And as a further little co-incidence bonus, I walked past this cafe below on the way back to the tube station with my bound manuscripts in hand. Anyone who’s read the start of the novel will spot the reason.
Well, ‘the end’ might be an over-dramatic way of putting it but it does mark a significant watershed: 1st October (tomorrow at the time of writing) marks the end of my Creative Writing MA course. It’s the day that we students have spent just over three years persevering towards — when we hand over the fruits of our labours to the tutors at Manchester Metropolitan University to cast their verdict.
It’s also why, when there are only a couple of hours left in the whole month of September, there have been no updates on this blog during the month. Getting the novel into a decent enough shape to submit as a text for academic assessment has been bloody hard, knackering work — about two months intense effort over and above the normal writing time I try to eke out around the day job and other commitments — so not enough time even to post up the holiday photos I hinted about in the last update (but persevere to the end of this post and any disappointment might be alleviated in that department).
Part of the reason it’s been something of a grind is that I’d not realised, until it was mentioned by fellow students, Kerry and Anne, that we were required to hand in hard copies of the novel — it’s effectively the dissertation component of the Masters degree — and with a dissertation the university requires the document not only to be physically printed but professionally bound like, er, a real book!
Fortunately there’s no additional commentary or analysis required (that tends to come at PhD level) but, with a minimum word count of 60,000, it’s a very weighty document for all students. And, as I have no worries about meeting the minimum word count (thankfully there isn’t maximum), then I’m expecting my dissertation to be something of a bookend when I pick my copy up from the bookbinders.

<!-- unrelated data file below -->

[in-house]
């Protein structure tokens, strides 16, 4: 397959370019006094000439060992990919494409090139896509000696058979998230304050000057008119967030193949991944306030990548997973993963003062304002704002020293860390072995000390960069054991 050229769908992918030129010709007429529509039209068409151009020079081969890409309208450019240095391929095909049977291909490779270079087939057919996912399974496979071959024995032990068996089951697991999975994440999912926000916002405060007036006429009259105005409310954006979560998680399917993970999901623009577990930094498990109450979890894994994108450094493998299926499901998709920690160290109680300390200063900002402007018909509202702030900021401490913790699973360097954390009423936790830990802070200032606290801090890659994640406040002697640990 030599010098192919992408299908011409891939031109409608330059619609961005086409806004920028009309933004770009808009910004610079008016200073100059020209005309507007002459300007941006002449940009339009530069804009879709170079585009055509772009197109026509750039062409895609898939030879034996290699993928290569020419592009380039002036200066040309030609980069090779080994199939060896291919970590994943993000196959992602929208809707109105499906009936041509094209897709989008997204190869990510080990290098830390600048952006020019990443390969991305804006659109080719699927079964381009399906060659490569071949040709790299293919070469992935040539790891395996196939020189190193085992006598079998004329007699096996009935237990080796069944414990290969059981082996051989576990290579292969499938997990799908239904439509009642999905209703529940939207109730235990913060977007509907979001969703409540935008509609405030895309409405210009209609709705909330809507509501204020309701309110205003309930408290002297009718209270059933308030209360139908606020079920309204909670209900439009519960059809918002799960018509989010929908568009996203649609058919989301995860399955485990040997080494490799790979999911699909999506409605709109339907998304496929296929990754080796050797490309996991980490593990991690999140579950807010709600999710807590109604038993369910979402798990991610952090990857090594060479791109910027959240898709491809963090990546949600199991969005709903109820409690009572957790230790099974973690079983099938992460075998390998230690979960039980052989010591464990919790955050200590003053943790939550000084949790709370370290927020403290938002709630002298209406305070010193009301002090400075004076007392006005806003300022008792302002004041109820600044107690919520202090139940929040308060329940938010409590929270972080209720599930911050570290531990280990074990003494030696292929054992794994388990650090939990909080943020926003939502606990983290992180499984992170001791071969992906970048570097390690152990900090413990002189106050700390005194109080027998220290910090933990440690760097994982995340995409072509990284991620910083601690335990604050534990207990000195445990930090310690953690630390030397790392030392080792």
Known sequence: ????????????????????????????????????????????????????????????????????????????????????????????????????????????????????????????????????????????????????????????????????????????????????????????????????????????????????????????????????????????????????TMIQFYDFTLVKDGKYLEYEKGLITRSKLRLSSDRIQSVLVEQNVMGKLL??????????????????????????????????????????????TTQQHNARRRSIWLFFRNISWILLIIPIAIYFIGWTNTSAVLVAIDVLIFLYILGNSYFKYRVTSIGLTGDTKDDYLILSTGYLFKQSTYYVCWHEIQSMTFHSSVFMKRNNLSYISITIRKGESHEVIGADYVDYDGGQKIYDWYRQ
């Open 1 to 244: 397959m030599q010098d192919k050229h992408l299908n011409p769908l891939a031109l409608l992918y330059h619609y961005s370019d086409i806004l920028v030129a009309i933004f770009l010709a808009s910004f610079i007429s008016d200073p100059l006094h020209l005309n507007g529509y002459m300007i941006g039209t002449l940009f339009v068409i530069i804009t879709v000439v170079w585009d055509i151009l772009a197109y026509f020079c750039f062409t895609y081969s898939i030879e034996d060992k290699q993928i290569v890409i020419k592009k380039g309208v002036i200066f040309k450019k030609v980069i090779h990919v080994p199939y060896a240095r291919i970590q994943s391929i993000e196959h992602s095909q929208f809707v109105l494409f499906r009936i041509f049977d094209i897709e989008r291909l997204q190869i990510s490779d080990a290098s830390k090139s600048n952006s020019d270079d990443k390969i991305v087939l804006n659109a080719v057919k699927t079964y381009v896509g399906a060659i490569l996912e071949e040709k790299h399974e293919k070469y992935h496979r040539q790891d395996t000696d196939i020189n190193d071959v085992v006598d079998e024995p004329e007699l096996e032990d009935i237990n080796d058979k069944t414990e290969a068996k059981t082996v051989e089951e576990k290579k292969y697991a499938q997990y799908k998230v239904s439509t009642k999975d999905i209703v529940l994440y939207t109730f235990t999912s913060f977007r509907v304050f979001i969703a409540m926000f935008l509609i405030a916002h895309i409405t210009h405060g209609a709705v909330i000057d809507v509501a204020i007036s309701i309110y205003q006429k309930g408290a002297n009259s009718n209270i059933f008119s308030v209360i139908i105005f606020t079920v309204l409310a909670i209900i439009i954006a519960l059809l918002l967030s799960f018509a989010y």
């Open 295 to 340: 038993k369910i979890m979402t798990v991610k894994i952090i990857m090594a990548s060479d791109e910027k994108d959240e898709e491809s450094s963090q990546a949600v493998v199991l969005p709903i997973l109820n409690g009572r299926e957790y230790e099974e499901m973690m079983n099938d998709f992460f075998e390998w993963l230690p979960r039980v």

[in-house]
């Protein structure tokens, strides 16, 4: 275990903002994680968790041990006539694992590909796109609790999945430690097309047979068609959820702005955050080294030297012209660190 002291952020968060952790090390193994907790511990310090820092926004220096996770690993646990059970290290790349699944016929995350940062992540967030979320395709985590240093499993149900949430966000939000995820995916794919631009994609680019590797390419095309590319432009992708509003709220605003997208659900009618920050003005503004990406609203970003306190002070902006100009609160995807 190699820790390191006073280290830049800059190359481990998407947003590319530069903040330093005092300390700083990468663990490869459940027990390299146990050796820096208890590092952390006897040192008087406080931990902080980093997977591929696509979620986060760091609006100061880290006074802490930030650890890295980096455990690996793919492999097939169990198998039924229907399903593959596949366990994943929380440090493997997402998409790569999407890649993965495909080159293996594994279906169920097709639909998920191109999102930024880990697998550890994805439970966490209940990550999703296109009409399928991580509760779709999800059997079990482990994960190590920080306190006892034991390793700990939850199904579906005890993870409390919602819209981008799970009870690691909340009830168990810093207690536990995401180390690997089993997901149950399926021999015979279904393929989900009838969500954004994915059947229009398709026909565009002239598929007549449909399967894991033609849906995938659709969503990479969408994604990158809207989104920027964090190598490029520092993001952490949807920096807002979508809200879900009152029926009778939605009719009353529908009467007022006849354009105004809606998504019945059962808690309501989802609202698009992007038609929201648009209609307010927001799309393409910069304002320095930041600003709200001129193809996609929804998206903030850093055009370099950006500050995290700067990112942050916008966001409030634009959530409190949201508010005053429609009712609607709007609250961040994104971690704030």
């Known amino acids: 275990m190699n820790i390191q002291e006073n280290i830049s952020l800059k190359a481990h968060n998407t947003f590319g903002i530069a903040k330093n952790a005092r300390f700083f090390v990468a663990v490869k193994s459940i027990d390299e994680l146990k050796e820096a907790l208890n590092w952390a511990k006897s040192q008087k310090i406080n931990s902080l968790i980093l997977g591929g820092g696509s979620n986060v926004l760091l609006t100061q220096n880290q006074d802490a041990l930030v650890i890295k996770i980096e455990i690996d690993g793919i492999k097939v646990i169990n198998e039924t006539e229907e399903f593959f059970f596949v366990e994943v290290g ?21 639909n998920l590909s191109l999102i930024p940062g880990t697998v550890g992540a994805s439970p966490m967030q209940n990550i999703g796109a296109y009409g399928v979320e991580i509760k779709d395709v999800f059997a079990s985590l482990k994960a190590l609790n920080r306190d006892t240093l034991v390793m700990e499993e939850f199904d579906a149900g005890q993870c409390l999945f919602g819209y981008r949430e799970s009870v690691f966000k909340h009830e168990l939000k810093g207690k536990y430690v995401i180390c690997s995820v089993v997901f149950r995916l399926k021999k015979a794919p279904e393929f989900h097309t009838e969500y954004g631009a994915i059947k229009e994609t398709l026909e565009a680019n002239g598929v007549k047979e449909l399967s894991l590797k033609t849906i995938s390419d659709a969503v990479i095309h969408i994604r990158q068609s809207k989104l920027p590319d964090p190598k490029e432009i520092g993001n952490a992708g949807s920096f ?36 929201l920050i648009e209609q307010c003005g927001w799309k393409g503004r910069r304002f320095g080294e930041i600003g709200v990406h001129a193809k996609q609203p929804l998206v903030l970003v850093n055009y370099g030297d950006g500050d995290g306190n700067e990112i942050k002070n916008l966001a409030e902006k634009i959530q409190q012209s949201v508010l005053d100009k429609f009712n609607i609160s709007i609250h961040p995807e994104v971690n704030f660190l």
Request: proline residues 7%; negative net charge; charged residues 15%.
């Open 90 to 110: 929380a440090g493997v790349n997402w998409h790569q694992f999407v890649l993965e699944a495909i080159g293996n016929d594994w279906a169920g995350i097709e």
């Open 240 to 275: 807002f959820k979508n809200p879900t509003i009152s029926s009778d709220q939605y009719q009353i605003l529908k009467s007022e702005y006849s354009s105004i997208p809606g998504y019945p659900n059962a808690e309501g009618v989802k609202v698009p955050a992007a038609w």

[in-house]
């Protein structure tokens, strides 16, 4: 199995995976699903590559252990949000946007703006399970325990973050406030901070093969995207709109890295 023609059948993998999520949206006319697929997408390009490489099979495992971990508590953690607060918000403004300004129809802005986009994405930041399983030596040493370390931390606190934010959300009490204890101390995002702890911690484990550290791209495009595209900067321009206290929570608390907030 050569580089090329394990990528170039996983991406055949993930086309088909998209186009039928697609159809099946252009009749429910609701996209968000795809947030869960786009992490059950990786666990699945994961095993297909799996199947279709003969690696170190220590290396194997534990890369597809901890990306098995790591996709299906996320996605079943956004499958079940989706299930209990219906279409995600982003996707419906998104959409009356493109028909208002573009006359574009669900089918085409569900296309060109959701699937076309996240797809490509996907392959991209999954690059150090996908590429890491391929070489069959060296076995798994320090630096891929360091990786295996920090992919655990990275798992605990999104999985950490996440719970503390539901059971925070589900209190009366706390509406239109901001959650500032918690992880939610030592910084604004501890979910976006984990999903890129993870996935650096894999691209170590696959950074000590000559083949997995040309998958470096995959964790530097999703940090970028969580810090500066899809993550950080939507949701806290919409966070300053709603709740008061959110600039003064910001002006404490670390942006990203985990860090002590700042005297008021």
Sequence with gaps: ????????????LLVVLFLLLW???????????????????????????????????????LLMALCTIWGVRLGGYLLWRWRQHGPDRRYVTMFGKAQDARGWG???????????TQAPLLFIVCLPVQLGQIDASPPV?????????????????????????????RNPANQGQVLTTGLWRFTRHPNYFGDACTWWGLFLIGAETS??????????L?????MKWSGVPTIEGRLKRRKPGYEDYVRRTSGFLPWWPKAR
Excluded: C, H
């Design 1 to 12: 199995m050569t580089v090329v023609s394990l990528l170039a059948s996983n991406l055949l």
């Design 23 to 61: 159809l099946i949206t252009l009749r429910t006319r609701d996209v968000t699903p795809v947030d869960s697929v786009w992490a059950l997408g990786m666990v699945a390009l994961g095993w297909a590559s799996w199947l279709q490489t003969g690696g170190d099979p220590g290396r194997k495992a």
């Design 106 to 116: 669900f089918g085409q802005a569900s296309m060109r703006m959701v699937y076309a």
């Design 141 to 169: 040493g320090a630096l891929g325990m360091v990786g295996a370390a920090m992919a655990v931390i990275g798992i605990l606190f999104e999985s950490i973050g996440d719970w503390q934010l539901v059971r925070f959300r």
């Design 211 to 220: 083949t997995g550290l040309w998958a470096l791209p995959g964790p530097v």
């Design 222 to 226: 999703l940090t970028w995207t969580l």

Interestingly, my MSc dissertation for the OU was a much more manageable 17,500 words — not much of gripping story there, though — and I was able to submit that purely electronically. I later had it printed and bound for my own reference — and it sits doing a bit of bookshelf ego massaging next to the MBA dissertation from years ago that I actually printed on an inkjet printer before having it bound (that would probably cost me about £500 in ink if I tried it now on my current money pit of an HP printer).
It seems ridiculous to have been working on a novel for so long and to have to suddenly shift into a higher gear when the end of the course suddenly creeps up. But I guess that’s the way of deadlines — I know from some of my published and agented friends how they’re often set exacting deadlines. Most published books would probably only live on their authors’ word processors if it wasn’t for that external kick up the backside. But I had a deadline and I made it, however generous it seems in retrospect.
To get the revision process kicked off in earnest, at the start of August I went through the laborious process of printing off my draft and then took it on holiday to France and Germany to read. Relaxing in a lovely tranquil gîte in the Vosges mountains (see picture below) perhaps put me in a similar frame of mind perhaps to an authentic reader. I had the weird experience (a bit like when characters ‘take over’) of looking at the text a little like a reader rather than the person who wrote it — I surprised myself by getting to the end of a chapter and feeling that reader’s compulsion to start straight away on the next one. And I knew the story!
I’ve spent the last six weeks working through the notes that I made — making some very difficult decisions about dropping whole sections (the infamous ‘calendar’ chapters that I workshopped have gone), taking fragments from several chapters and altering them to form completely new scenes (there’s one continuous event in the novel that I constructed from three previously completely separate sections) and trawling through the text for consistency and checking facts (for example, I had to change a child’s age in several places when I realised there was a scene when she was in a pushchair).